Caraval: Epilogue

As the stars leaned a little closer to earth, watching Scarlett and Julian, in the hopes of witnessing a kiss as magical as Caraval, Donatella began to dance beneath of canopy of spying trees, wishing she had someone of her own to kiss.

She twirled from partner to partner, her slippers barely touching the ground, as if the champagne she’d sipped earlier contained bits of stars that kept her feet floating just above the grass. Tella imagined that in the morning she’d most likely regret having drunk so much, but she enjoyed this sensation of floating—and after everything she’d been through, she needed a night of abandon and forgetting.

Tella continued eating cakes of liquor and draining crystal goblets full of spiked nectar until her head spun along with the rest of her body. She practically fell into the arms of her newest partner. He pulled her closer than the others had. His large hands snaked determinedly around her, bringing with them a new surge of pleasure. Tella liked the confident way he touched her. As he tugged her toward the edge of the party and farther from the crowd, she imagined feeling his hands on places besides her waist. Maybe he could help her take her mind off all of the things she’d been too afraid to share with her sister.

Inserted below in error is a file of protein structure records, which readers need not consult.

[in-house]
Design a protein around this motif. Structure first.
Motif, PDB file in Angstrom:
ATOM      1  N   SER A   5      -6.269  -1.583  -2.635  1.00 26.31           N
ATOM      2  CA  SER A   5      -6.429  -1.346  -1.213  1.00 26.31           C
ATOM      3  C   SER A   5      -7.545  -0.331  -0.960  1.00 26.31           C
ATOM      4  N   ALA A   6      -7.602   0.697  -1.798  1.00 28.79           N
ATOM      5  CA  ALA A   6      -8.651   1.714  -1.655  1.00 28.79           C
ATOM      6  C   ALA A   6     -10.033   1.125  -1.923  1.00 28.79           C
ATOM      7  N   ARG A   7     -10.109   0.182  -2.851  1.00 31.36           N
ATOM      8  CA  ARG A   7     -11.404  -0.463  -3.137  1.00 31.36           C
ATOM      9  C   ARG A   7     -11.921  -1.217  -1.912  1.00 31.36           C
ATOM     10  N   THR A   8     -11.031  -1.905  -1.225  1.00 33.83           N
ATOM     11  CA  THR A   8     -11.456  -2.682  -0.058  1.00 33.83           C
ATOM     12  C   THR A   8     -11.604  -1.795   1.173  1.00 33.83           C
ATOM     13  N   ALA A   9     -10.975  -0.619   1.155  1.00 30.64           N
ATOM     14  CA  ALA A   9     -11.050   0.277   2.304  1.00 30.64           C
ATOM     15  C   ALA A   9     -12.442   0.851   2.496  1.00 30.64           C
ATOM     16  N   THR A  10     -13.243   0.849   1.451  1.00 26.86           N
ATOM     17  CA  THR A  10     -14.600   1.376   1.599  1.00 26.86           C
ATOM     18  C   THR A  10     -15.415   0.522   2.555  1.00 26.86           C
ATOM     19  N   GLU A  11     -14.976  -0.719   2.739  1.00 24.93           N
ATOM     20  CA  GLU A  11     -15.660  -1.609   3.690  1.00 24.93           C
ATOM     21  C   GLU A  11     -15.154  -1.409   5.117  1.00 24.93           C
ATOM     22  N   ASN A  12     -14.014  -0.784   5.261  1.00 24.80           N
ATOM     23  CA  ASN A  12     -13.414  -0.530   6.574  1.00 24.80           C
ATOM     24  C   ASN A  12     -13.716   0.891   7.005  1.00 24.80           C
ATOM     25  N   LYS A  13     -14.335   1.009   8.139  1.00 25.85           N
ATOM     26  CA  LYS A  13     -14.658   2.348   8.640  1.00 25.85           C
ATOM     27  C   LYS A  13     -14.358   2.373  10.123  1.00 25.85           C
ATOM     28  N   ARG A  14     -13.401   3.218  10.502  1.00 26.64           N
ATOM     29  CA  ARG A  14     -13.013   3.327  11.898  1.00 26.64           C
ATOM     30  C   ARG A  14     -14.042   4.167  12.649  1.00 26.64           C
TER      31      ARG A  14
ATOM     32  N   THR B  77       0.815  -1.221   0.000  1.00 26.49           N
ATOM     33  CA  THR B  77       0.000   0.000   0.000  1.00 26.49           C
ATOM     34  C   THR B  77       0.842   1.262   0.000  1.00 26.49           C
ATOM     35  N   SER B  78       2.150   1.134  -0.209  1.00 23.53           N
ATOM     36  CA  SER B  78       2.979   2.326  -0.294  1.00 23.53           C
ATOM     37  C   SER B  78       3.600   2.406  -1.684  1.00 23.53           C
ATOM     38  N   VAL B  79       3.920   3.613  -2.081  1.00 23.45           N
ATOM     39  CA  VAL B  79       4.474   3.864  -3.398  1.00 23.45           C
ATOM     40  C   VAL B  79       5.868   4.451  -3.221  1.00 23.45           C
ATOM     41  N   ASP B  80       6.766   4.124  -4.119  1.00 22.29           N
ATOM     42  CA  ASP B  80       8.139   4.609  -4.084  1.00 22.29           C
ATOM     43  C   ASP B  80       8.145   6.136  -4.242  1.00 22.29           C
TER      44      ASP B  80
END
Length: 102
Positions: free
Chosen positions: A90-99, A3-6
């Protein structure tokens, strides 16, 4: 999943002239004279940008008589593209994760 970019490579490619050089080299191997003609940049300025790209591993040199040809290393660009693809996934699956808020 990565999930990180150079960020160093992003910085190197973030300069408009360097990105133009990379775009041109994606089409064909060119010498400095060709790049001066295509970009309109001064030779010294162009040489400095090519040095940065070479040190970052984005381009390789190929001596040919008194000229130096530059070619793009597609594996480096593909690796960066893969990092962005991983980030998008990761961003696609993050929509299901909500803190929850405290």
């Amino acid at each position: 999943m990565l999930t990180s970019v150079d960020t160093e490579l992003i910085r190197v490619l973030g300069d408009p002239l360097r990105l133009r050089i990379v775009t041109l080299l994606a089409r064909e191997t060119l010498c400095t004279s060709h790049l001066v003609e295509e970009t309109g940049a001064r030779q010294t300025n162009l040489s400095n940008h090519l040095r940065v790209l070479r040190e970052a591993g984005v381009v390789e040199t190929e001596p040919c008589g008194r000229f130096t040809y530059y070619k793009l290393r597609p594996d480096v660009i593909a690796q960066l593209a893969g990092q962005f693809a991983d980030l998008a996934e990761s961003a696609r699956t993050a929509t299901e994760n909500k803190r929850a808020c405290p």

Tilting her head back, Tella smiled up. But the night had grown dark, and her vision was blurry. He didn’t look like any of the Caraval performers she knew. When her partner leaned closer, all Tella could see was a shadowy smirk as his hands trailed down. She sucked in a breath when his fingers dug into the folds of her dress, touching her hip bones as he …


It happened so rapidly, Tella stumbled back.

One moment the young man had his arms around her, drawing her close as if he might kiss her. Then he was walking away. He moved so fast, it made Tella wish she’d not drunk so much. Before she made it more than two steps, he vanished into the crowd, leaving her cold and alone and—with something rather heavy in her pocket.

A chill swept over Tella’s naked shoulders. Her head might have been spinning, but she knew the item weighing down her skirts had not been there before. For a moment she tried to entertain the thought of it being some kind of key—perhaps her stranger was hoping she might follow him back to his room for that kiss they never shared. But if that’s what he wanted, Tella didn’t imagine he would have run off so quickly.

“I think I need another glass of champagne.” Tella mumbled the words to no one in particular as she edged away from the crowd. Aside from being wrapped in paper, she could not tell what the object in her pocket was, though she had a prickly feeling it was meant for her eyes alone.

Music from the party faded as she edged toward a secluded tree, lit by hanging candles that flickered white-blue light as she reached into her pocket.

The object she pulled out fit inside the palm of her hand. Someone had wrapped a note around a thick coin. But it didn’t look like any currency Tella had ever seen. Tella shoved the coin back in her pocket after unwrapping the note.

The handwriting on it was crisp and precise.


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